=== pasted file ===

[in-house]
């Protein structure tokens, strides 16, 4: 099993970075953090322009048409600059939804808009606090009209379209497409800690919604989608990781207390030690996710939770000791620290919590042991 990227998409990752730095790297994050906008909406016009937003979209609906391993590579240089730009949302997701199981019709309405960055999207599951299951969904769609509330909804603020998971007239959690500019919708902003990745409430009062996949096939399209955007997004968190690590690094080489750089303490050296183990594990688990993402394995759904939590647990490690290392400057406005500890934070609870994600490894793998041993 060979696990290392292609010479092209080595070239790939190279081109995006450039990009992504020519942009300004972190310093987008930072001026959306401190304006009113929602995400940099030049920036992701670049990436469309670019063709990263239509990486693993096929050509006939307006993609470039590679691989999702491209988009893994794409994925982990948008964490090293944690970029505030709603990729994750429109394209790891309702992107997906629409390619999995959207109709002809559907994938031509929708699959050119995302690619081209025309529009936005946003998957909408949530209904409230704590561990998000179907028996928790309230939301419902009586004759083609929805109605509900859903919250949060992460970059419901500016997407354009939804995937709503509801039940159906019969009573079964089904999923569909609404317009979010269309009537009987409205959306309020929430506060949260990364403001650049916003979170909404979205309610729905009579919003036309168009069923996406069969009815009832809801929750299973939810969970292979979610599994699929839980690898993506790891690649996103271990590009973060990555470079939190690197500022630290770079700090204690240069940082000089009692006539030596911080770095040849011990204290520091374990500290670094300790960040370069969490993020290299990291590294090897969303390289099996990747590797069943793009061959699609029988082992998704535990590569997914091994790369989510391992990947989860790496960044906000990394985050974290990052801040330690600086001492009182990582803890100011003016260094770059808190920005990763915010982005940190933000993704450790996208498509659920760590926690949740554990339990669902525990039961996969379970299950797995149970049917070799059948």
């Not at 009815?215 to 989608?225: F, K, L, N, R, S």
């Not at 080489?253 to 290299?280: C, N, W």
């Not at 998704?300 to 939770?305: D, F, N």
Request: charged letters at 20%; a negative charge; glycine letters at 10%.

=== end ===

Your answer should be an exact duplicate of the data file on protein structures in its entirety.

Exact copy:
[in-house]
């Protein structure tokens, strides 16, 4: 099993970075953090322009048409600059939804808009606090009209379209497409800690919604989608990781207390030690996710939770000791620290919590042991 990227998409990752730095790297994050906008909406016009937003979209609906391993590579240089730009949302997701199981019709309405960055999207599951299951969904769609509330909804603020998971007239959690500019919708902003990745409430009062996949096939399209955007997004968190690590690094080489750089303490050296183990594990688990993402394995759904939590647990490690290392400057406005500890934070609870994600490894793998041993 060979696990290392292609010479092209080595070239790939190279081109995006450039990009992504020519942009300004972190310093987008930072001026959306401190304006009113929602995400940099030049920036992701670049990436469309670019063709990263239509990486693993096929050509006939307006993609470039590679691989999702491209988009893994794409994925982990948008964490090293944690970029505030709603990729994750429109394209790891309702992107997906629409390619999995959207109709002809559907994938031509929708699959050119995302690619081209025309529009936005946003998957909408949530209904409230704590561990998000179907028996928790309230939301419902009586004759083609929805109605509900859903919250949060992460970059419901500016997407354009939804995937709503509801039940159906019969009573079964089904999923569909609404317009979010269309009537009987409205959306309020929430506060949260990364403001650049916003979170909404979205309610729905009579919003036309168009069923996406069969009815009832809801929750299973939810969970292979979610599994699929839980690898993506790891690649996103271990590009973060990555470079939190690197500022630290770079700090204690240069940082000089009692006539030596911080770095040849011990204290520091374990500290670094300790960040370069969490993020290299990291590294090897969303390289099996990747590797069943793009061959699609029988082992998704535990590569997914091994790369989510391992990947989860790496960044906000990394985050974290990052801040330690600086001492009182990582803890100011003016260094770059808190920005990763915010982005940190933000993704450790996208498509659920760590926690949740554990339990669902525990039961996969379970299950797995149970049917070799059948």
């Not at 009815?215 to 989608?225: F, K, L, N, R, S």
């Not at 080489?253 to 290299?280: C, N, W």
């Not at 998704?300 to 939770?305: D, F, N």
Request: charged letters at 20%; a negative charge; glycine letters at 10%.